Usage Note: As follows (not as follow) is the established form of the idiom regardless of whether the noun that precedes it is singular or plural: The regulations are as follows.
American Heritage® Dictionary of the English Language, Fifth Edition. Copyright © 2016 by Houghton Mifflin Harcourt Publishing Company. Published by Houghton Mifflin Harcourt Publishing Company. All rights reserved.


the act of following rather than leading
Collins English Dictionary – Complete and Unabridged, 12th Edition 2014 © HarperCollins Publishers 1991, 1994, 1998, 2000, 2003, 2006, 2007, 2009, 2011, 2014


(ˈfɒl oʊ ərˌʃɪp)

1. the ability or willingness to follow a leader.
2. a group of followers or supporters.
Random House Kernerman Webster's College Dictionary, © 2010 K Dictionaries Ltd. Copyright 2005, 1997, 1991 by Random House, Inc. All rights reserved.
References in periodicals archive ?
Furthermore, he bemoaned that recklessness in leadership and followership was because several Nigerians were not spiritually grounded, stressing the need for the nation's leaders to work with the church to restore the nation's fortunes.
Social media could be cult-like in its followership. Sometimes, an "influencer" may have thousands of followers, but for the wrong reasons.
Followership has been studied in leadership development.
We know this intuitively, but we spend much more time thinking about leadership than we do followership. A simple Google search of the word leadership yields 3.8 billion hits while searching followership brings up only a mere 1.1 million hits.
Robert Kelly, in his book "The Power of Followership," writes that in any corporate organization, leaders contribute on the average no more than 20 percent of the success of the organization.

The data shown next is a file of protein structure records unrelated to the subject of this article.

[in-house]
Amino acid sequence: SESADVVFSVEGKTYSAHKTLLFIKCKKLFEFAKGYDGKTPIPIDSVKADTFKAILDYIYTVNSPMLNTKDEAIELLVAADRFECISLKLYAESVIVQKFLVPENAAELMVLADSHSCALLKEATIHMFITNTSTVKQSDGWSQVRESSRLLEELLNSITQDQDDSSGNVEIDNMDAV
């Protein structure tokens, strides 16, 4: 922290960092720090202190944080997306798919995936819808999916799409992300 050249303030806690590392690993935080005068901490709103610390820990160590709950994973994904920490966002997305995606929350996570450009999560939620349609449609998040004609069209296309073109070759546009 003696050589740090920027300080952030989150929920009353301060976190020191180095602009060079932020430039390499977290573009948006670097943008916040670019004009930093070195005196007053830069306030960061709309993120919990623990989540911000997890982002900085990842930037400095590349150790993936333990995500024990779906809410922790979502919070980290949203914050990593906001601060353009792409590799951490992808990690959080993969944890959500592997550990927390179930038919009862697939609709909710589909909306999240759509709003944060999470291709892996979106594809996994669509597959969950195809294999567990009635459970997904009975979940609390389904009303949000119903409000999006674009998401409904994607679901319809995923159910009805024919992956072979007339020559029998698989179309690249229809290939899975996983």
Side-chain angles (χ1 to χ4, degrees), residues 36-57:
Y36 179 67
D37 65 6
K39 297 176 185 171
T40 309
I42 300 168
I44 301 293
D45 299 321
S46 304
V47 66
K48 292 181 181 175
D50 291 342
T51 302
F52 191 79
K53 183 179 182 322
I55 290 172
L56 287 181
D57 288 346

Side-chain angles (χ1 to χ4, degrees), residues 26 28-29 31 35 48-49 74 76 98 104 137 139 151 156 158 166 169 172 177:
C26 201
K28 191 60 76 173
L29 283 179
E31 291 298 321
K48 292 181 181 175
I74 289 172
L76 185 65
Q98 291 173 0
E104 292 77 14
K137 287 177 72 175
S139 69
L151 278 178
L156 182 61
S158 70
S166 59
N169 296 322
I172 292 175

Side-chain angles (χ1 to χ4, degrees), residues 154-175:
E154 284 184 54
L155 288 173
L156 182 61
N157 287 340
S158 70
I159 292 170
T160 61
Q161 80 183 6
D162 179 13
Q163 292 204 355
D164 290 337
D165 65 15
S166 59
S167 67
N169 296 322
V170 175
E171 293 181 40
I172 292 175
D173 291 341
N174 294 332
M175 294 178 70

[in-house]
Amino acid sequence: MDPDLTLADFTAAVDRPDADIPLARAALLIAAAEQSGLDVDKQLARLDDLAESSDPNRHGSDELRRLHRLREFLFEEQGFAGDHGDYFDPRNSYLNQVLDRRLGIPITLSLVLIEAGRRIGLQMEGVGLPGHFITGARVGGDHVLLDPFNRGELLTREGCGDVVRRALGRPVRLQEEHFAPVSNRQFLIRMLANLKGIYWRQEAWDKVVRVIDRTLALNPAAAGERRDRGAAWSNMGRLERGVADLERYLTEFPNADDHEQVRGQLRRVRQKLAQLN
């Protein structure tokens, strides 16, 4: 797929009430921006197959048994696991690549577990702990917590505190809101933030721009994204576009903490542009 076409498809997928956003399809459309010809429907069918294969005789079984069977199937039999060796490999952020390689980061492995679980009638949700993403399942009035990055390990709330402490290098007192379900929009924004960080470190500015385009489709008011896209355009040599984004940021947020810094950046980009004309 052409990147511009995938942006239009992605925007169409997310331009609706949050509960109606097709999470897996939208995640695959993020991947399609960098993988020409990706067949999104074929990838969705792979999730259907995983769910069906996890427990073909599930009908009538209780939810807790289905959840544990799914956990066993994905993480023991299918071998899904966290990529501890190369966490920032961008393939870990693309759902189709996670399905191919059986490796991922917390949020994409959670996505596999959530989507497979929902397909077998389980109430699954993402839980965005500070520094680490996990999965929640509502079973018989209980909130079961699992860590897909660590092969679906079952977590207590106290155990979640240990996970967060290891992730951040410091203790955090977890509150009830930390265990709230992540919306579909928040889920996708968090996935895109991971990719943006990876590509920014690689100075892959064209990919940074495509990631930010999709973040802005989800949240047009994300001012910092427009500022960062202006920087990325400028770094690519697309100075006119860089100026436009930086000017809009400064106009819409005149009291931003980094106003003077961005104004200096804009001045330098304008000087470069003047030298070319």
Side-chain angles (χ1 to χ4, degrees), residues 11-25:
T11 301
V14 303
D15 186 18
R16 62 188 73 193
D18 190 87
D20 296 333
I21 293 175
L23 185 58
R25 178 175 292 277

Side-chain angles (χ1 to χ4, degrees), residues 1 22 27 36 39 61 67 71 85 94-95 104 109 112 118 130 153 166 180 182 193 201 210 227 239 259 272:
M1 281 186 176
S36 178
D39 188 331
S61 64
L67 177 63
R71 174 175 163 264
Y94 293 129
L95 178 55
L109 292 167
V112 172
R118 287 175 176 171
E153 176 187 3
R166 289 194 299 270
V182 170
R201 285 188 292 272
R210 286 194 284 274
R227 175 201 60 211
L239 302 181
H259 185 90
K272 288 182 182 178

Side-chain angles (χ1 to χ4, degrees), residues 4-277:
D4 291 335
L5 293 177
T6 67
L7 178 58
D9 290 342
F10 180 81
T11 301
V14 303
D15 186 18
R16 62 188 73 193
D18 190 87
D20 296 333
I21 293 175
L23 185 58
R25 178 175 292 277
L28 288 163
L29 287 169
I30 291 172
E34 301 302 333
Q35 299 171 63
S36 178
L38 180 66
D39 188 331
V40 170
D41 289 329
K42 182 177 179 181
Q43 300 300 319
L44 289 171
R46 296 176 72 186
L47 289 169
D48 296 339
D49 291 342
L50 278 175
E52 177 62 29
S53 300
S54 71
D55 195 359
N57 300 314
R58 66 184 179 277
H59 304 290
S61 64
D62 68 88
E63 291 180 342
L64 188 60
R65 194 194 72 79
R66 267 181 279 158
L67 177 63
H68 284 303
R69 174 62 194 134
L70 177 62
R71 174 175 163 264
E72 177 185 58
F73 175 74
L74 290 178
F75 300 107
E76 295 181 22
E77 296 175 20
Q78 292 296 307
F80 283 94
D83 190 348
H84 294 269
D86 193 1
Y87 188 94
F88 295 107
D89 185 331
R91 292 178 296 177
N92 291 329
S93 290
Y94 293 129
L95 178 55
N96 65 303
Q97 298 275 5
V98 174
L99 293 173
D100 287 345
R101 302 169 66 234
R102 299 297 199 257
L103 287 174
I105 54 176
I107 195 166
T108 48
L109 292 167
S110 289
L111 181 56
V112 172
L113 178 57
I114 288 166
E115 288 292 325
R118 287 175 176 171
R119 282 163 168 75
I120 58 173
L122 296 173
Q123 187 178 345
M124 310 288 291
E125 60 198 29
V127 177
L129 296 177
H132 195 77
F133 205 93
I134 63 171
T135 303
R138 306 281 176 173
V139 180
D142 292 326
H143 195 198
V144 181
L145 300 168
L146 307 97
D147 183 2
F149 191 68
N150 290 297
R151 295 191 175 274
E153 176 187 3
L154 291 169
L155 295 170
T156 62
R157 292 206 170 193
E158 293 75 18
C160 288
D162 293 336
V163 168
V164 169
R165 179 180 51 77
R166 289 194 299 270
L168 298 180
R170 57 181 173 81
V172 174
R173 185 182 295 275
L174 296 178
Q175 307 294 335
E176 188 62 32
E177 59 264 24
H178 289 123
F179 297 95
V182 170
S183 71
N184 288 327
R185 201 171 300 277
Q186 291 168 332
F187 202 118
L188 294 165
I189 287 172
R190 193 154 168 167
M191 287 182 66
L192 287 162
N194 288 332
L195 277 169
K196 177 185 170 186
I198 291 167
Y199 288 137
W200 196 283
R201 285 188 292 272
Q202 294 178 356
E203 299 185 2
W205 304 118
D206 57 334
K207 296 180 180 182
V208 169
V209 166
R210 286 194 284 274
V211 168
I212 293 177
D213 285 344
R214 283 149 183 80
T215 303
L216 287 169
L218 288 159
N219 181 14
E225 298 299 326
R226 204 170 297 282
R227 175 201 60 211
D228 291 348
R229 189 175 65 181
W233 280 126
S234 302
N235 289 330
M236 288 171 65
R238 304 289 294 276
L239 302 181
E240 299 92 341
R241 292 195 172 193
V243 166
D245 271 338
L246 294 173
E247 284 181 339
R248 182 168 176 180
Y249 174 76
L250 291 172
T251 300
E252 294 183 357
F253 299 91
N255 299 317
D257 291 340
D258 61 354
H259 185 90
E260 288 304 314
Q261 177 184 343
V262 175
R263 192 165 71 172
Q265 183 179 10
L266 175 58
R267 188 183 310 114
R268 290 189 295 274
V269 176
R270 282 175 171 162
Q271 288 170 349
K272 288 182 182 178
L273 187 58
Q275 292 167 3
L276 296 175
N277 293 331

After surpassing popular Urdu channels like Zee Salaam, Munsif TV and iPlus TV in terms of social media followership and engagement, Tehzeeb TV is now giving a tough fight to News18 Urdu on Facebook that owned the industry of Urdu channels in India from past 18 years.
However, for the research to be more valuable, studies on followership from the employee perspective should be based on the common taxonomy of central tendency prototypes (i.e., how employees are) or goal-derived ideal prototypes (i.e., how employees should be; Schyns & Meindl, 2005).
As such, followership of the newspaper's Pakistan social media account has quickly ballooned.
According to locals, Zubair Virk,55, is Zulfikar Ali Bhutto look-alike as he often draws public attention and appreciation while walking on city roads, streets and attending functions, for bearing great resemblance to the late charismatic leader who has left behind a strong legacy of followership. 'I feel much pleasure and proud when hear to the people chant slogans of 'Zinda Hey Bhutto Zinda Hey' and 'Jiey Bhutto' after seeing him everywhere', he expressed.
Juliet Ibrahim obviously is doing something right that is keeping her followership base on Instagram on a steady rise.
He said that rather than formal working relationship with employees, he wanted to develop followership among them.
For his part, Botswana Cycling Association representative, Kagiso Potongwane said cycling was experiencing growth in followership and participation.